iOS 7 introduced a layered design language where the system achieved to create the illusion of three dimensionality by moving views on screen with the movement of the device. The parallax on the lock screen is probably the best known example of this effect. Some system views such as alert dialogs use this effect and as a developer you can use it in your own apps with the UIMotionEffect classes. Ash Furrow wrote a really nice tutorial on how to accomplish this back then in 2013.

Another place where a similar parallax effect can be quite useful is scroll views where the contents of the cells scroll slightly differently than the main scroll view to give the user the illusion of as if the cells are cut-outs showing an object which sits deeper into the screen. The probably best known example of this effect is images in WhatsApp chats. Below you can see this effect in action in a simple demo app:

A collection view containing image cells with parallax scrolling

I recently wanted to implement something similar for a collection view with a custom layout. The most straight forward way to achieve this effect is to implement scrollViewDidScroll: and adjust the contents of the cells accordingly as in this project. Another, more elegant approach is like Ole Begemann described in his blog post as part of a UICollectionViewLayout.

Since I was already using a custom quilt layout, I decided to subclass and extend it with parallax scrolling as Ole described.

Which worked great, as expected, but only in the simulator…

Since the layout gets invalidated at each scroll event, it needs to be recomputed constantly. And in the case of the quilt layout this turned out to be very expensive: a collection with about 50 photos could not be scrolled at 60fps on an iPhone 6.

This could be resolved by implementing some smart caching of the layout attributes in the layout subclass and returning them only by adjusting their parallax offsets. Depending on the nature of the layout this could introduce significant complexity. Complexity is usually a pretty good sign of our code trying to tell us that we’re swimming against the flow.

So, I decided to listen to my code and implement parallax scrolling by implementing scrollViewDidScroll: and without touching the layout attributes. Since the app I’m developing, has multiple collection views full of photos already implemented, I could either introduce a common superclass and implement scrollViewDidScroll: there or go the composition route. Due to its flexibility I chose the composition route and decided to implement parallax scrolling as a category on UICollectionViewController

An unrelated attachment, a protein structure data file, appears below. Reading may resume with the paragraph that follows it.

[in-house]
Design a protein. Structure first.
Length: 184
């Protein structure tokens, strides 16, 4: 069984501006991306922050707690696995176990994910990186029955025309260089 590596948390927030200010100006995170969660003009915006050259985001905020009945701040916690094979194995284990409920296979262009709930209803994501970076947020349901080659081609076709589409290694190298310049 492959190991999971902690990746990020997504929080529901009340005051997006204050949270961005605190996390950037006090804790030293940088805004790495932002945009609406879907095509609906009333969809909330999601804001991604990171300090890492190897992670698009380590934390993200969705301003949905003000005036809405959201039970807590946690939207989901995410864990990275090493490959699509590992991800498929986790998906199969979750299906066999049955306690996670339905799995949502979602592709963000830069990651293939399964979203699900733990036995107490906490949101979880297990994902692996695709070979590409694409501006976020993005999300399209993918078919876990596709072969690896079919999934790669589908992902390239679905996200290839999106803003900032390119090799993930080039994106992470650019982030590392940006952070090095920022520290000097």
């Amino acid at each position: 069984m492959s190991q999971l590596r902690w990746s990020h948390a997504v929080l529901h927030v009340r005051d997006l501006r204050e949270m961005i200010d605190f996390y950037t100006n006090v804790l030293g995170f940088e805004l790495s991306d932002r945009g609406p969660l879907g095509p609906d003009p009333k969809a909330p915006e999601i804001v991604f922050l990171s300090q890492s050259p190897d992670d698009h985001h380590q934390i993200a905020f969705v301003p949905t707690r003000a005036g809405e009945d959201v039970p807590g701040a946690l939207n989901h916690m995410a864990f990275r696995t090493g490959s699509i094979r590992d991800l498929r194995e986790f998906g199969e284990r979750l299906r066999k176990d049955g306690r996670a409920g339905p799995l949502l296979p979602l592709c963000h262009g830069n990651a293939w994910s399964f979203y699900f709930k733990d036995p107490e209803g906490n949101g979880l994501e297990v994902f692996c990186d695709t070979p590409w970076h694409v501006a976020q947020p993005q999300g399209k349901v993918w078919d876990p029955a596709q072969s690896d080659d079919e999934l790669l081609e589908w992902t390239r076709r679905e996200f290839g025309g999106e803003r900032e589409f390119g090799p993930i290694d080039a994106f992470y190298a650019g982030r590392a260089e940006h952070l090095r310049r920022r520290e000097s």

Here is the header for the ParallaxScroll category:

@import UIKit;

@protocol UICollectionViewCellParallax <NSObject>

- (void)updateWithParallaxOffset:(CGPoint)offset;


@interface UICollectionViewController (ParallaxScroll)


It declares an informal protocol with a single method updateWithParallaxOffset:, which we will later implement in our collection view cells which should have parallax scroll.

And the implementation contains a single method:

- (void)scrollViewDidScroll:(UIScrollView *)scrollView {
    NSArray *visibleCells = self.collectionView.visibleCells;
    for (UICollectionViewCell *cell in visibleCells) {
        if ([cell respondsToSelector:@selector(updateWithParallaxOffset:)]) {
            CGRect bounds = self.collectionView.bounds;
            CGPoint boundsCenter = CGPointMake(CGRectGetMidX(bounds),
            CGPoint cellCenter =;
            CGPoint offsetFromCenter = 
                CGPointMake(boundsCenter.x - cellCenter.x,
                            boundsCenter.y - cellCenter.y);
            CGSize cellSize = cell.bounds.size;
            CGFloat maxVerticalOffset =
            (bounds.size.height / 2) + (cellSize.height / 2);
            CGFloat scaleFactor = 30. / maxVerticalOffset;
            CGPoint parallaxOffset = CGPointMake(0.0, -offsetFromCenter.y * scaleFactor);
            [(id)cell updateWithParallaxOffset:parallaxOffset];

Since the scrollViewDidScroll: is implemented at the UICollectionViewController level all of its subclasses in our app are going to be able to handle parallax scroll. On the other hand, we can implement scrollViewDidScroll: in the subclasses and still retain the parallax scrolling as long as the child implementations call [super scrollViewDidScroll:]. The informal protocol UICollectionViewCellParallax is central to how this approach works. Parallax scrolling can be selectively turned on and off by implementing the updateWithParallaxOffset: or not in a UICollectionViewCell subclass. For a simple photo cell, updateWithParallaxOffset: can be as simple as moving the image view accordingly:

- (void)updateWithParallaxOffset:(CGPoint)offset {
    self.imageViewCenterYConstraint.constant = offset.y;

By implementing parallax scroll with a category and an informal protocol, we get the best of both approaches: the scrolling stays very smooth because the layout does not get recomputed at every scroll position, which might be expensive, and we do get to cleanly separate parallax scroll from the rest of our view controller code in its separate location.